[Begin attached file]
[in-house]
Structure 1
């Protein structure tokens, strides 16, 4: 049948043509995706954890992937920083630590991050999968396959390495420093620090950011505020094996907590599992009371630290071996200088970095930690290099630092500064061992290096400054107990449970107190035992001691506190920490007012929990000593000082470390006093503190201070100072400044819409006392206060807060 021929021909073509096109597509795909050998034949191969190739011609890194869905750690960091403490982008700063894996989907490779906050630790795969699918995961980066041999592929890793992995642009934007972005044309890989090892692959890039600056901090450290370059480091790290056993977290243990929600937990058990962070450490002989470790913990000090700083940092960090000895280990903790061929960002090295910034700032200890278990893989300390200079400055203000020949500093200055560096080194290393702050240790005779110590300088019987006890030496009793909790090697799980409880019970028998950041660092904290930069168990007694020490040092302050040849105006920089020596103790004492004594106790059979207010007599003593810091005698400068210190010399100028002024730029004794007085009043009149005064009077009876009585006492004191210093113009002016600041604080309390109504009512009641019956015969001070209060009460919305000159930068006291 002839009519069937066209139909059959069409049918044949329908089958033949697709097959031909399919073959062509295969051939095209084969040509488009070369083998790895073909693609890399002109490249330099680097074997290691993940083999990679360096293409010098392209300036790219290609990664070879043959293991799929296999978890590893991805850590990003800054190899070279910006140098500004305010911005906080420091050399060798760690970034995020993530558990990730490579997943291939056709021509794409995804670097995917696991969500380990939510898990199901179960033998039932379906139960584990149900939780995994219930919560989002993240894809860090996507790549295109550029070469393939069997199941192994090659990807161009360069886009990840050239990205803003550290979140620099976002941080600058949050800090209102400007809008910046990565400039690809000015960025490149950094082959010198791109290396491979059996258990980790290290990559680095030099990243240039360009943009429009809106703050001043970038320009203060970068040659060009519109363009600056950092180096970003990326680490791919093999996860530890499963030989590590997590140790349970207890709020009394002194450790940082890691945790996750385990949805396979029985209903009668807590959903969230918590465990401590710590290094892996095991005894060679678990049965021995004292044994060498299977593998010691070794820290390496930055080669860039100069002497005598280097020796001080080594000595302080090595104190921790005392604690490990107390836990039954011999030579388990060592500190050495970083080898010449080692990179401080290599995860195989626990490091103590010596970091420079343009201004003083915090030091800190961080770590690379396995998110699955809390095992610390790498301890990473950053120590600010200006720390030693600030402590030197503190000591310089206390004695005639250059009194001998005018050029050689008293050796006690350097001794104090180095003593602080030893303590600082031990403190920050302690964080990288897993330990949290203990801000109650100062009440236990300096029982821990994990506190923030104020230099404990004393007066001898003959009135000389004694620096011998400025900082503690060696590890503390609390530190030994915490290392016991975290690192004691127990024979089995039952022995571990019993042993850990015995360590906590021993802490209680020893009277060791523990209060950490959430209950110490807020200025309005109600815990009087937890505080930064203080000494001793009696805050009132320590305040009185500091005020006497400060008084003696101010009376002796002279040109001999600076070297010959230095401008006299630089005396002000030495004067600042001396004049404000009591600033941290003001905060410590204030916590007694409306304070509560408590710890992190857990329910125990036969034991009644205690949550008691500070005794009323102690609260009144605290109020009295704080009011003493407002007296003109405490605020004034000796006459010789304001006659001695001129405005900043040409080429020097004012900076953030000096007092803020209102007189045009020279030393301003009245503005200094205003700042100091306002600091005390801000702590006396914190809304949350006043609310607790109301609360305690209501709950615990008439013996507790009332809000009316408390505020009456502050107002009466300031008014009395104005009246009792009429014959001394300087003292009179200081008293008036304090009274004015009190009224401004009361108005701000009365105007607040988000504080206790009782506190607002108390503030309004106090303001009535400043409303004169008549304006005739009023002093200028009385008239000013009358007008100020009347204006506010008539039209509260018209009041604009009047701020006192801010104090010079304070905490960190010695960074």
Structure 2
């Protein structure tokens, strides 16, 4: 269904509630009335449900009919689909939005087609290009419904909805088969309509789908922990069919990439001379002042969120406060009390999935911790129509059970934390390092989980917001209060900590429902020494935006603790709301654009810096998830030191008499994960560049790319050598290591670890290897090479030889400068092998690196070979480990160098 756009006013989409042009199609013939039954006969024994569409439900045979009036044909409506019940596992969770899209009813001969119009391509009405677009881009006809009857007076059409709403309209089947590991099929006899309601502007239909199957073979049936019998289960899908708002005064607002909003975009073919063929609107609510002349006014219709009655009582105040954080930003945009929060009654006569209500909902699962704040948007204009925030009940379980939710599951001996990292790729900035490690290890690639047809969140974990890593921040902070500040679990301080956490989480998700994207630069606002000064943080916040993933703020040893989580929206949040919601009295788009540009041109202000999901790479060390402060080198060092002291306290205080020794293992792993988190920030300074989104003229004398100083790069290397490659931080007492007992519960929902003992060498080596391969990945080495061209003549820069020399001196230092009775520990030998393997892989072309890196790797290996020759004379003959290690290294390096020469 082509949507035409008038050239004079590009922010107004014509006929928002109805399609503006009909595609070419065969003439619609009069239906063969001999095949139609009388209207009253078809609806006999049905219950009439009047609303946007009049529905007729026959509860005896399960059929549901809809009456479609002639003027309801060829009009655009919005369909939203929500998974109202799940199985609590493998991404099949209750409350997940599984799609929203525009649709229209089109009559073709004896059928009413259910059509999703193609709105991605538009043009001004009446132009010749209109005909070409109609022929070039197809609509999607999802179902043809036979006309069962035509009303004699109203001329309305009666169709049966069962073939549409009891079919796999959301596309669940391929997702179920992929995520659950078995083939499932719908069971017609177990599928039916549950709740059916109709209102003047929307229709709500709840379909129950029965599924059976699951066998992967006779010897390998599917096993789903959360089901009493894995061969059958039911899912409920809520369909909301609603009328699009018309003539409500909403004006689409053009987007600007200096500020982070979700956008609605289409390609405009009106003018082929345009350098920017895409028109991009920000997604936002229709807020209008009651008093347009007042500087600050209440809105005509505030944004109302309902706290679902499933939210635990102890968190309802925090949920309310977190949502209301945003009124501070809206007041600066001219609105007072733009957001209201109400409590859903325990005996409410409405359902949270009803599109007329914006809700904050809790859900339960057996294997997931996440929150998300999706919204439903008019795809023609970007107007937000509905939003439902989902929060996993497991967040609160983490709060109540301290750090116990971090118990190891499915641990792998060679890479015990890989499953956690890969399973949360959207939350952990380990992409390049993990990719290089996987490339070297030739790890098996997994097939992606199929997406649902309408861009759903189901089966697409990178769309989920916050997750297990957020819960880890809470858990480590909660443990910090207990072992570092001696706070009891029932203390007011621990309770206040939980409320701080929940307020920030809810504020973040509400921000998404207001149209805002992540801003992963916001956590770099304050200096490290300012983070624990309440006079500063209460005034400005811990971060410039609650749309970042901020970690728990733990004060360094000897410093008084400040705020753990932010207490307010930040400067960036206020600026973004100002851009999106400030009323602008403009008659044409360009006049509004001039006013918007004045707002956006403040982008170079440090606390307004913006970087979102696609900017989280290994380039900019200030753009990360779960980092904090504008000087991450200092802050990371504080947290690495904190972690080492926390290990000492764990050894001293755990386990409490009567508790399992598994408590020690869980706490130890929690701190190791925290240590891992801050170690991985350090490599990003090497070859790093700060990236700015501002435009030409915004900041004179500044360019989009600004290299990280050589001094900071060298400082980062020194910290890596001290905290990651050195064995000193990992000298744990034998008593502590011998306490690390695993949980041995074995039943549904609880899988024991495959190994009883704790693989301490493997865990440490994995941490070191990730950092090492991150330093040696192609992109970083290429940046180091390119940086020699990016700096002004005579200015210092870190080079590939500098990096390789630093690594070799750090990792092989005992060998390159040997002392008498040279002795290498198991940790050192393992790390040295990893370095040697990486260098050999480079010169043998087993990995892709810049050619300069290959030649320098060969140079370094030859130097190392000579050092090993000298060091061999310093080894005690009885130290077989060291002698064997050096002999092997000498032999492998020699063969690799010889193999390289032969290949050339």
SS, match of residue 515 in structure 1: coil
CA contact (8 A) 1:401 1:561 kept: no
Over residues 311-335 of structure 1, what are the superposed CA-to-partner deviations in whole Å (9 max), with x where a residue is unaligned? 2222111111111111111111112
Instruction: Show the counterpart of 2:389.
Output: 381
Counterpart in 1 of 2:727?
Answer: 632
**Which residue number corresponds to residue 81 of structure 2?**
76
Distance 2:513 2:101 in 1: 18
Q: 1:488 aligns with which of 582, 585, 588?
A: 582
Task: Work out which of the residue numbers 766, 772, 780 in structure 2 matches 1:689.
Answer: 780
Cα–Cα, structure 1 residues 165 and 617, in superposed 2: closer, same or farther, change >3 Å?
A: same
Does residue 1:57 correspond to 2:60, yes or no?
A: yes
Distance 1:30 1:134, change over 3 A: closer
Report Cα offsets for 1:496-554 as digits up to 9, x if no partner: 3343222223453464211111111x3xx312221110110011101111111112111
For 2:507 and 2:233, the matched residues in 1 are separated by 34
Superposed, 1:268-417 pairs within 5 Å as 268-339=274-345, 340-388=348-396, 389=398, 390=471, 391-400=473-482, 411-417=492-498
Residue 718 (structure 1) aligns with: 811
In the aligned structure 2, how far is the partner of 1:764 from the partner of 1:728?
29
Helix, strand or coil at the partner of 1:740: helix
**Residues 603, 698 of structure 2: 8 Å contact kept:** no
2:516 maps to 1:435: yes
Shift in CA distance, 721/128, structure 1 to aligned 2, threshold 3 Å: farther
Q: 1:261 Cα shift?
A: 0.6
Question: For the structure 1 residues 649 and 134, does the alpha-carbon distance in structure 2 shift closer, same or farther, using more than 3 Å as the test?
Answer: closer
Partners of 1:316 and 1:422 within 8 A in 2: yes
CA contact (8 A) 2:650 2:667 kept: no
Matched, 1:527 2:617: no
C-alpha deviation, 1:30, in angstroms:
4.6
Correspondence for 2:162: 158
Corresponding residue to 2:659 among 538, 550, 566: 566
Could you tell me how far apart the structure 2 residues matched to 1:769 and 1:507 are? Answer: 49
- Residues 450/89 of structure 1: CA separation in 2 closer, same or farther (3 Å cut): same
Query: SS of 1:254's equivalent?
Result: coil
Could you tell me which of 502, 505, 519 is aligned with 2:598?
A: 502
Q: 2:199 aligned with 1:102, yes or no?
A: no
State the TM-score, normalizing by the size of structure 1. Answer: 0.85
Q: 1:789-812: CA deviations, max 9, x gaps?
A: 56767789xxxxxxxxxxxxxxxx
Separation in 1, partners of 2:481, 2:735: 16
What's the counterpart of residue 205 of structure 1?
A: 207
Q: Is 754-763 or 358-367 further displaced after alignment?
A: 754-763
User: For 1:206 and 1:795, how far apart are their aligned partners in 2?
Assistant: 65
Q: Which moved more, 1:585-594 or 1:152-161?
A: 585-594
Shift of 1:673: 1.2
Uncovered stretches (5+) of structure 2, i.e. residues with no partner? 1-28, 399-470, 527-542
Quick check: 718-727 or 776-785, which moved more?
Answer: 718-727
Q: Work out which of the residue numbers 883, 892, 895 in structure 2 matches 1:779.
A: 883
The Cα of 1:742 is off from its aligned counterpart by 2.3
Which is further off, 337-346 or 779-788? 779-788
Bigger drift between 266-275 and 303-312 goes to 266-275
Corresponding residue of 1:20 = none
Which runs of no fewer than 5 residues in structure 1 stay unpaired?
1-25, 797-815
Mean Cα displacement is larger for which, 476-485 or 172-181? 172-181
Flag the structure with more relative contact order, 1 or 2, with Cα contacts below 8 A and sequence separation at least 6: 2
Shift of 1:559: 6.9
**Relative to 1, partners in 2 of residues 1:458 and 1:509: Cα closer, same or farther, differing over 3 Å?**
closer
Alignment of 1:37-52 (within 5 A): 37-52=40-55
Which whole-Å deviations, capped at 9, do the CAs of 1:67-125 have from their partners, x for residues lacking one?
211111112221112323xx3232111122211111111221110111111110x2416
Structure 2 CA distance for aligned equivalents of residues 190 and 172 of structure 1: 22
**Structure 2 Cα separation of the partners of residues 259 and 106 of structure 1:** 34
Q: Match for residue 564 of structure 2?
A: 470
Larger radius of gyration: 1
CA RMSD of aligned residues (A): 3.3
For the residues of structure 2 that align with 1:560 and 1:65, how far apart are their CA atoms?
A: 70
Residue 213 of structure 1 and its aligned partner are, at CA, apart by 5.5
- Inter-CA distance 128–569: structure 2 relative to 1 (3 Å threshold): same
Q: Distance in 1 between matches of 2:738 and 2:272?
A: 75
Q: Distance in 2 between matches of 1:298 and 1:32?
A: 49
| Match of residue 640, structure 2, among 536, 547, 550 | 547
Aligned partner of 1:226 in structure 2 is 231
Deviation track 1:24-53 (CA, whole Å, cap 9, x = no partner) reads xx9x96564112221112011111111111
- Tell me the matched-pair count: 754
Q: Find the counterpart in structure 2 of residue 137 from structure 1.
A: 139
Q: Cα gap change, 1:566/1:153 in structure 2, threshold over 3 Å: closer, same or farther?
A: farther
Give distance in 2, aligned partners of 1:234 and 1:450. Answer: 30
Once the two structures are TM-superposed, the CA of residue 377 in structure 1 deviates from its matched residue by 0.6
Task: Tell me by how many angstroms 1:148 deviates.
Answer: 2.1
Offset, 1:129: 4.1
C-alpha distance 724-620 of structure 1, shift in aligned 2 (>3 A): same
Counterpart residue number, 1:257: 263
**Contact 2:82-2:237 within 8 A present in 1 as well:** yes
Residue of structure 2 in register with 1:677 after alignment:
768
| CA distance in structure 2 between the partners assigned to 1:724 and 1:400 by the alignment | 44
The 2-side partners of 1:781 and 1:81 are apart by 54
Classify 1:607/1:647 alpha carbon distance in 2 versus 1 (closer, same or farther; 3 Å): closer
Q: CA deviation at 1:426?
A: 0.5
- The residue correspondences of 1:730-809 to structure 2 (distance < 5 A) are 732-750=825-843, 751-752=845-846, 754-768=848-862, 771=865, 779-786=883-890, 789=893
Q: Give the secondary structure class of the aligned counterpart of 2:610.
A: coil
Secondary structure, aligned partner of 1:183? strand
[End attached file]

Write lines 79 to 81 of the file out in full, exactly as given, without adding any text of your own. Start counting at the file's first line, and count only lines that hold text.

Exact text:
Flag the structure with more relative contact order, 1 or 2, with Cα contacts below 8 A and sequence separation at least 6: 2
Shift of 1:559: 6.9
**Relative to 1, partners in 2 of residues 1:458 and 1:509: Cα closer, same or farther, differing over 3 Å?**